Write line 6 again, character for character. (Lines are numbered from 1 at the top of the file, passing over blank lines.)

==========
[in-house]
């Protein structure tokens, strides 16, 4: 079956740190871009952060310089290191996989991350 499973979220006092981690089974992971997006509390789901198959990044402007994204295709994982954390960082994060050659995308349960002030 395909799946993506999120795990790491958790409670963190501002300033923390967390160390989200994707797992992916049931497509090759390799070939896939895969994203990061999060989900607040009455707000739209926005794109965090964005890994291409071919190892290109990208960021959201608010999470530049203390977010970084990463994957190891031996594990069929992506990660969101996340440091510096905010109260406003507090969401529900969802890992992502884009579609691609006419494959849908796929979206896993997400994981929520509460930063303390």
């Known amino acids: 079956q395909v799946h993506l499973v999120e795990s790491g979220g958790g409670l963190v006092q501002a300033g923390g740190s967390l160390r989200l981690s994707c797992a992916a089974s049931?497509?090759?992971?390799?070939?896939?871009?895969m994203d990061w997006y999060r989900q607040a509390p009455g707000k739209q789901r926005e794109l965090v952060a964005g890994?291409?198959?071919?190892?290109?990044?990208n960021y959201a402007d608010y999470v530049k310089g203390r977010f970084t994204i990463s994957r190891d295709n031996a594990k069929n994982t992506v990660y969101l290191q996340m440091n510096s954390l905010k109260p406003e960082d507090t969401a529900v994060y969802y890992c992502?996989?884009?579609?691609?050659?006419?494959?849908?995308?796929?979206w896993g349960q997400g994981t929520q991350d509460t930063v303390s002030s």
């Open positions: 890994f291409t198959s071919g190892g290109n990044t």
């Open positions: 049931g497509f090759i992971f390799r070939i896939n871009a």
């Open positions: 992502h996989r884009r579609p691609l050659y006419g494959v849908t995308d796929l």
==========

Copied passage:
């Open positions: 992502h996989r884009r579609p691609l050659y006419g494959v849908t995308d796929l």